Justices Seem Skeptical of Scope of Campaign Law

March 25, 2009

By Adam Liptak

WASHINGTON - A quirky case about a slashing documentary attacking Hillary Rodham Clinton would not seem to be the most obvious vehicle for a fundamental re-examination of the interplay between the First Amendment and campaign finance laws.

But by the end of an exceptionally lively argument at the Supreme Court on Tuesday, it seemed at least possible that five justices were prepared to overturn or significantly limit parts of the court's 2003 decision upholding the McCain-Feingold campaign finance law, which regulates the role of money in politics.

Several of the court's more conservative justices reacted with incredulity to a series of answers from a government lawyer about the scope of Congressional authority to limit political speech. The lawyer, Malcolm L. Stewart, said Congress has the power to ban political books, signs and Internet videos, if they are paid for by corporations and distributed not long before an election.

Mr. Stewart added that there was no difference in principle between the 90-minute documentary about Mrs. Clinton, "Hillary: The Movie," and a 30-second television advertisement.

Justice Anthony M. Kennedy said the government's uncompromising position could have dire consequences for the McCain-Feingold law.

"If we think that the application of this to a 90-minute film is unconstitutional," Justice Kennedy said, "then the whole statute should fall under your view because there's no distinction between the two?"

Mr. Stewart said the two kinds of communications should rise or fall together, so long as each satisfied a test set out by the court in a decision in 2007. That decision said restrictions in the McCain-Feingold law applied only to communications "susceptible of no reasonable interpretation other than as an appeal to vote for or against a specific candidate."

"Hillary: The Movie," a documentary with elements of polemic and advocacy journalism, was produced by Citizens United, a conservative nonprofit corporation. It was released during the Democratic presidential primaries last year, and a lower court said it could not be broadcast within 30 days of those elections.

Justice David H. Souter quoted snippets of the film's characterization of Mrs. Clinton, who was running for president and is now secretary of state.

"She is ruthless, cunning, dishonest, do anything for power, will speak dishonestly, reckless, a congenital liar, sorely lacking in qualifications, not qualified as commander in chief," Justice Souter recited.

"I mean," he concluded, "this sounds to me like campaign advocacy."

Justice Stephen G. Breyer was more circumspect. "It is not a musical comedy," he said of the film.

Other justices pressed Mr. Stewart for a limiting principle to his argument.

Justice Samuel A. Alito Jr. asked, for instance, whether a campaign biography in book form could be banned. Mr. Stewart said yes, so long as it was paid for with a corporation's general treasury money, as opposed to its political action committee.

"That's pretty incredible," Justice Alito said.

Justice Alito replaced Justice Sandra Day O'Connor, an author of the 5-to-4 decision upholding the McCain-Feingold law in 2003. Justice Alito is more skeptical of campaign finance regulation than Justice O'Connor was.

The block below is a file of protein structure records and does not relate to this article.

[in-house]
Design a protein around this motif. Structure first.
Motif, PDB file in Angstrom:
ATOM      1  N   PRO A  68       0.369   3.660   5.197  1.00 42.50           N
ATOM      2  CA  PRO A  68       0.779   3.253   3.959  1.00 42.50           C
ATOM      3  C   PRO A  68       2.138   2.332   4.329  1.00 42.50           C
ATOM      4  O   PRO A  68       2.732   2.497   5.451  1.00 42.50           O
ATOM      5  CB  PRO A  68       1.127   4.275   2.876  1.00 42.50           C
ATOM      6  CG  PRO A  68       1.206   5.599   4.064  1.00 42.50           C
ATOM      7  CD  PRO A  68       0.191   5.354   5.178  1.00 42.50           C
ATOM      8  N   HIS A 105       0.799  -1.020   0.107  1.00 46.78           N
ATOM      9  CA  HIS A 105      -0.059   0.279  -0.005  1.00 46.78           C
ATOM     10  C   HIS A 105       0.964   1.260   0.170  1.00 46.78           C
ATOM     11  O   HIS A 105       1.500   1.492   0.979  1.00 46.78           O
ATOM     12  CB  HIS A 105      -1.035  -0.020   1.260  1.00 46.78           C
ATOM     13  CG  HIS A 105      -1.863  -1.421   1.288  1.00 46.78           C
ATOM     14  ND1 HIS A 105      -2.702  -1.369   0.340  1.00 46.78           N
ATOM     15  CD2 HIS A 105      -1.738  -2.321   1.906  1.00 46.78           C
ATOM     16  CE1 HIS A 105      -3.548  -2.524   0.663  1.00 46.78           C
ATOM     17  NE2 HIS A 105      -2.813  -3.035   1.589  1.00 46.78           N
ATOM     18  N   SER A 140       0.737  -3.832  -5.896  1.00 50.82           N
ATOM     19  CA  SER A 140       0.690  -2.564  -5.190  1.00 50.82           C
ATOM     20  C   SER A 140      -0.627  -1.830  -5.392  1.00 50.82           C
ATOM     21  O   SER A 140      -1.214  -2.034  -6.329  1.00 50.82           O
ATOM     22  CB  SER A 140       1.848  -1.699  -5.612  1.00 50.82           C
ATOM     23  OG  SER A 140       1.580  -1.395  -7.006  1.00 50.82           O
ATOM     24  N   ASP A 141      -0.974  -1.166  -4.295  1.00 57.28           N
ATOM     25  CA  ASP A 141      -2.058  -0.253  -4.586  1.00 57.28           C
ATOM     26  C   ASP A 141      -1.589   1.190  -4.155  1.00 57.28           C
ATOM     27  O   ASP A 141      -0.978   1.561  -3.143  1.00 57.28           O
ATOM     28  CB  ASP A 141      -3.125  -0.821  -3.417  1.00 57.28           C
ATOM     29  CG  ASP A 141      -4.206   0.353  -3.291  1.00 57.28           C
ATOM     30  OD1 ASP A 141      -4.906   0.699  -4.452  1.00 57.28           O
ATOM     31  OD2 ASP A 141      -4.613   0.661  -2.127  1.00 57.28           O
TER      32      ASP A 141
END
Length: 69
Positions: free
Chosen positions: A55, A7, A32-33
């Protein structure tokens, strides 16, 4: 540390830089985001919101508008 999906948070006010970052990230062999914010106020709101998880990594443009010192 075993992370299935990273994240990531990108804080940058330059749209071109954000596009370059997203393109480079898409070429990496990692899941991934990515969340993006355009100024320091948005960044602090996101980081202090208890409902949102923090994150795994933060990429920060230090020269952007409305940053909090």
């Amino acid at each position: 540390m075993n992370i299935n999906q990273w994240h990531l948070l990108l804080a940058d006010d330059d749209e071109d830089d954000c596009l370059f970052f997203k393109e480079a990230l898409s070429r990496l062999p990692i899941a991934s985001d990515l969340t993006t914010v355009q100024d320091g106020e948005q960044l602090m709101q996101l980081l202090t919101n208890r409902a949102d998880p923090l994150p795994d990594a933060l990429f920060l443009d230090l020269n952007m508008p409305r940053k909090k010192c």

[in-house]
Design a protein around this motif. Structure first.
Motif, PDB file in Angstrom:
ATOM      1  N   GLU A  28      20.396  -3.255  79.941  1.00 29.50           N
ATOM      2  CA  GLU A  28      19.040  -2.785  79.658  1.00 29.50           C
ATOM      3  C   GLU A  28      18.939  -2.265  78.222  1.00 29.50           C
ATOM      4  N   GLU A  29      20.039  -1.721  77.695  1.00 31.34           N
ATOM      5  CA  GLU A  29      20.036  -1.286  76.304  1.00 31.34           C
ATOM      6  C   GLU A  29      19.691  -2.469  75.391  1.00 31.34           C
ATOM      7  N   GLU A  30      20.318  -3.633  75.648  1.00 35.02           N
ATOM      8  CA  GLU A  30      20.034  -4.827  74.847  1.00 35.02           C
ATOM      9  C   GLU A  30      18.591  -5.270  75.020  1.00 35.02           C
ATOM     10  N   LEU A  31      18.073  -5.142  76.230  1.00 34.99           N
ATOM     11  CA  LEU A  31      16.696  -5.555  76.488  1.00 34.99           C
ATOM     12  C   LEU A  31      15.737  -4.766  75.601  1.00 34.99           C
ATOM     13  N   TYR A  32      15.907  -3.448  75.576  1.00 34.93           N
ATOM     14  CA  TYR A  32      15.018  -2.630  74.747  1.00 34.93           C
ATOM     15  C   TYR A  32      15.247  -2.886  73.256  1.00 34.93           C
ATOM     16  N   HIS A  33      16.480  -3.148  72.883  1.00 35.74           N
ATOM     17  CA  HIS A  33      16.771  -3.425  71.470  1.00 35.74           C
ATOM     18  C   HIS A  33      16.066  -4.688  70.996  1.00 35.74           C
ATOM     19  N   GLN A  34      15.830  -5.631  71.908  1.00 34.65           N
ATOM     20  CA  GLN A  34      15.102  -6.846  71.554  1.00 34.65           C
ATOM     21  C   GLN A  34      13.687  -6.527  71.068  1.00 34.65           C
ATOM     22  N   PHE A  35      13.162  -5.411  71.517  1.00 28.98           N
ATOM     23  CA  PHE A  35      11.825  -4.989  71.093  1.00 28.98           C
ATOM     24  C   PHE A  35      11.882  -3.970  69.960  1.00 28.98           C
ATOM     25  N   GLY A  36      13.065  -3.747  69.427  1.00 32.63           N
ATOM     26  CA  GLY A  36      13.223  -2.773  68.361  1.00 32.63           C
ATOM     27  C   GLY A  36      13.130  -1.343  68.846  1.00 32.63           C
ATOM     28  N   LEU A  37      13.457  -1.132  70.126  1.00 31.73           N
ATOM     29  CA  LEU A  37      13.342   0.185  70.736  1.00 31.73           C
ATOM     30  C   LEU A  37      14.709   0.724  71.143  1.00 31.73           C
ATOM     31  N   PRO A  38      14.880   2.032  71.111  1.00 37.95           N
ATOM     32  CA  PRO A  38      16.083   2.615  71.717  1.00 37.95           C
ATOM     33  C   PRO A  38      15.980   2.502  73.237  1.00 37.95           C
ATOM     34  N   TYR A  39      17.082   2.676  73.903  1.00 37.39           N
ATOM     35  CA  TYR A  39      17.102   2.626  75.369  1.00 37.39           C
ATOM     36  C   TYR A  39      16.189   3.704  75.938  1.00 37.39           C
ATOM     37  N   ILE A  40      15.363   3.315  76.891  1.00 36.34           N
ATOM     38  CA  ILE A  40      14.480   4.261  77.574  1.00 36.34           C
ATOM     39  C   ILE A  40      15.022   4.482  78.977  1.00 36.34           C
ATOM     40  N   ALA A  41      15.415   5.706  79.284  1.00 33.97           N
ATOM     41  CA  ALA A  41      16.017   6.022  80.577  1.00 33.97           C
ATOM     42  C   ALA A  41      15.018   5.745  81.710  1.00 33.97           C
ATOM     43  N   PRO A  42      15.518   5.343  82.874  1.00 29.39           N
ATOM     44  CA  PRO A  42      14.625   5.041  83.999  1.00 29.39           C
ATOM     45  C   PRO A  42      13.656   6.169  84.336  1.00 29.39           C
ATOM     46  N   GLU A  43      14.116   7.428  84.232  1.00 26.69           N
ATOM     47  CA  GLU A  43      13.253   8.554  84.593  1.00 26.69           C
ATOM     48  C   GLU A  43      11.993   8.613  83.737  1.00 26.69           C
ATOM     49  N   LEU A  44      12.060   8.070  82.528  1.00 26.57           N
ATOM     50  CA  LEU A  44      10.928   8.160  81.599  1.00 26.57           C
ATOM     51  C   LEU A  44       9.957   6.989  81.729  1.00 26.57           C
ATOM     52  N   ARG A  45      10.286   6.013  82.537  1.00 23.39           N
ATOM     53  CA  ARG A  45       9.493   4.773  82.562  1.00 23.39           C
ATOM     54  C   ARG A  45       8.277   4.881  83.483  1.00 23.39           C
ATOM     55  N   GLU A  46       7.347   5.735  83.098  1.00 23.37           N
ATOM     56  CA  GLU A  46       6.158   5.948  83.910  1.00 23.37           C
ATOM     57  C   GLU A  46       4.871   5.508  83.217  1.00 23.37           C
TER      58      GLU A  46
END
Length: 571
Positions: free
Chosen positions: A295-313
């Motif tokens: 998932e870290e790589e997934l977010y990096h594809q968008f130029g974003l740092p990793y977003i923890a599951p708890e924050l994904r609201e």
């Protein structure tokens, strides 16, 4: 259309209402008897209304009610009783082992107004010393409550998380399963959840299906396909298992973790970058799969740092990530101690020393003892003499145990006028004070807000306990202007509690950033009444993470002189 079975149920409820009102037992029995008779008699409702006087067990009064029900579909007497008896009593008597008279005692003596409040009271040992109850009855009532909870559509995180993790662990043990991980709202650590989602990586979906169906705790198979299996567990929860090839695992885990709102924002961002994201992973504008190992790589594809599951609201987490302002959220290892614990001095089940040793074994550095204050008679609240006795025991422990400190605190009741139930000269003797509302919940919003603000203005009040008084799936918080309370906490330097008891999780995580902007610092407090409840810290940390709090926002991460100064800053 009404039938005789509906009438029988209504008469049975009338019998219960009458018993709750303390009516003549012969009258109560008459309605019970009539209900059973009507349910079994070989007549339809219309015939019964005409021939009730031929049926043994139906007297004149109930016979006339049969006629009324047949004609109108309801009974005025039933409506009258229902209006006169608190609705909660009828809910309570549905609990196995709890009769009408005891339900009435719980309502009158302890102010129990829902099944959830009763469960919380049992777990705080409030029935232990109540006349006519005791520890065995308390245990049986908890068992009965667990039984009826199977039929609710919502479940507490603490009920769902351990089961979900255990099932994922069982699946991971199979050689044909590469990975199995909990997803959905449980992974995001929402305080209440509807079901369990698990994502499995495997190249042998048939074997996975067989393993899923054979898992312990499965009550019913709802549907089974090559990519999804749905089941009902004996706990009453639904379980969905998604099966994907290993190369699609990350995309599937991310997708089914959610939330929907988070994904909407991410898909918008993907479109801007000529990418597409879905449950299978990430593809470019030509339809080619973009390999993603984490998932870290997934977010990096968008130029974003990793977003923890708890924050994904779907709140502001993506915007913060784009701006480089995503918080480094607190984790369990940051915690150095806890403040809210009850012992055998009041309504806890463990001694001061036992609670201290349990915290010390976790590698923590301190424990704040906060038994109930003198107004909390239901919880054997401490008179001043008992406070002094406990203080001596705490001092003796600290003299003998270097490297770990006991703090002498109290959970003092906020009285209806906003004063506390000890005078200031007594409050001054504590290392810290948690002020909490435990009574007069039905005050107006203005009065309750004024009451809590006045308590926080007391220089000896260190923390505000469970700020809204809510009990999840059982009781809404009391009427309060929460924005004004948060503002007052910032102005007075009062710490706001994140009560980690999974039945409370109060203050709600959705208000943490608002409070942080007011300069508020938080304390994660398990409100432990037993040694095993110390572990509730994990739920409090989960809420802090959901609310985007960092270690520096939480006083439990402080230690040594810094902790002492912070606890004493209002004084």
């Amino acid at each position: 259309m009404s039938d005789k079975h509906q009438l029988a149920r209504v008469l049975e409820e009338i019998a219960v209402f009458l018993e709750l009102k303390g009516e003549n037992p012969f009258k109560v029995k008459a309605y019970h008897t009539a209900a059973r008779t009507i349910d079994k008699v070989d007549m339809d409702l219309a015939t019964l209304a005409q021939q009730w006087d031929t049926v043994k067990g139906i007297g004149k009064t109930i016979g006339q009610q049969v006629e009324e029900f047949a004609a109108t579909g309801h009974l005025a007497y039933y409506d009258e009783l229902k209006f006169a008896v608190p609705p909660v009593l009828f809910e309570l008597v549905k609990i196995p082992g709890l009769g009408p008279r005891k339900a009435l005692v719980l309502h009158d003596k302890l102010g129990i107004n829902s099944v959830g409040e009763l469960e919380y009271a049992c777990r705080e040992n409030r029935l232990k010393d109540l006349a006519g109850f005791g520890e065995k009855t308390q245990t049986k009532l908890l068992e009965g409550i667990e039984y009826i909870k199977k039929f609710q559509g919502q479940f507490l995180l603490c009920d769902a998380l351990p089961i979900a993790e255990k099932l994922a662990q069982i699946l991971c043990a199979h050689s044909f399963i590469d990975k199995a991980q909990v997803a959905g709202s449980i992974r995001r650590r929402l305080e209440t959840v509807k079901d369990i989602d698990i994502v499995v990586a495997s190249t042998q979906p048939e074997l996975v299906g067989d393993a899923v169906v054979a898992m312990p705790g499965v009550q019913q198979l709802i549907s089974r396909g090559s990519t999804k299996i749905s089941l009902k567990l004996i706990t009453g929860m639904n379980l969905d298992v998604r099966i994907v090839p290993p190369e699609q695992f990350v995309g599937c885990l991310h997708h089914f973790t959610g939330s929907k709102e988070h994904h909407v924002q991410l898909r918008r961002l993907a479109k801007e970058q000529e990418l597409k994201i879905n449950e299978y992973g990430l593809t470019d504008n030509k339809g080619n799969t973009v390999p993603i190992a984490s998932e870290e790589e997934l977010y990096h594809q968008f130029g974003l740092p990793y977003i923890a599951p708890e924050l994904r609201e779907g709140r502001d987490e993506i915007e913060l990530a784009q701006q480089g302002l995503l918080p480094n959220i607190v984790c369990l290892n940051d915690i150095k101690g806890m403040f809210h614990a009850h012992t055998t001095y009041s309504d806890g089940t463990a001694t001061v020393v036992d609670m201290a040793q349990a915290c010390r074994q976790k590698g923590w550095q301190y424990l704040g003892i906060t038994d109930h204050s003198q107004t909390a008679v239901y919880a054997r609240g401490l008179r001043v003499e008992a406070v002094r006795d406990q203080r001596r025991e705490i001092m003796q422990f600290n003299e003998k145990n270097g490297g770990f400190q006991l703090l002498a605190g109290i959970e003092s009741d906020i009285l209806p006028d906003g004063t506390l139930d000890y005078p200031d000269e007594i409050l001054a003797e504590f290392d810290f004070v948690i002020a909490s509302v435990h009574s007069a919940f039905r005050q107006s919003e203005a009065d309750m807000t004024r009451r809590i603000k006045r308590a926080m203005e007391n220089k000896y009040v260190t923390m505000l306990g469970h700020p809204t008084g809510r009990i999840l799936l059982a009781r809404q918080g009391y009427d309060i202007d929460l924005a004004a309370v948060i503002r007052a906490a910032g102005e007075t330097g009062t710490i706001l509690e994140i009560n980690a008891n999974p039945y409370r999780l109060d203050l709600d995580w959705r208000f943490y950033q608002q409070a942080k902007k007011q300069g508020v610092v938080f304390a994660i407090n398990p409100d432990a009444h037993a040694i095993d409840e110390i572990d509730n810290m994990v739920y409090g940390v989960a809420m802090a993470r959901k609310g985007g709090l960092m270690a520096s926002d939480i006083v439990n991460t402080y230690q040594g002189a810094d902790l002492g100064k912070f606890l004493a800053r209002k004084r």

Chief Justice John G. Roberts Jr. asked whether it would make a difference if a 500-page book had a single sentence in it that said "vote for X." Then he asked about "a sign held up in Lafayette Park saying vote for so and so."

If corporate money were used to pay for the book or the sign, Mr. Stewart said, Congress would have the power to ban them before elections.

Justice Breyer tried to steer the conversation away from speech and toward money.

"You can't prohibit all those things," he said, referring to books, videos and the like. "What you do is put limitations on the payment for them."

The McCain-Feingold law of 2002 applies only to broadcast, cable or satellite transmission of "electioneering communications" paid for by corporations or labor unions in the 30 days before a presidential primary and in the 60 days before the general election. That leaves out old technologies, like newspapers, and new ones, like YouTube; and it includes an exception for broadcast news reports, commentaries and editorials.

Theodore B. Olson, a lawyer for Citizens United, said the law was inconsistent in its treatment of corporations. Television networks owned by General Electric and Disney are not subject to the McCain-Feingold law, Mr. Olson said, but General Motors is. The Reporters Committee for Freedom of the Press made a similar point in a brief supporting Citizens United.

If the court were inclined to rule narrowly for Mr. Olson's side in the case, Citizens United v. Federal Election Commission, No. 08-205, it could find that the documentary is not the sort of communication covered by McCain-Feingold law. Or it could say that that the proposed distribution of the film on a cable video-on-demand service would not be covered by the law.

But Mr. Stewart's answers to the justice's hypothetical questions may have pushed the court toward a broader ruling.

"If we accept your constitutional argument," Chief Justice Roberts told Mr. Stewart, "we're establishing a precedent that you yourself say would extend to banning the book."

Justice Antonin Scalia said he was "a little disoriented."

"We are dealing with a constitutional provision, are we not, the one that I remember which said Congress shall make no law abridging the freedom of the press?" Justice Scalia asked. He was referring, of course, to the First Amendment.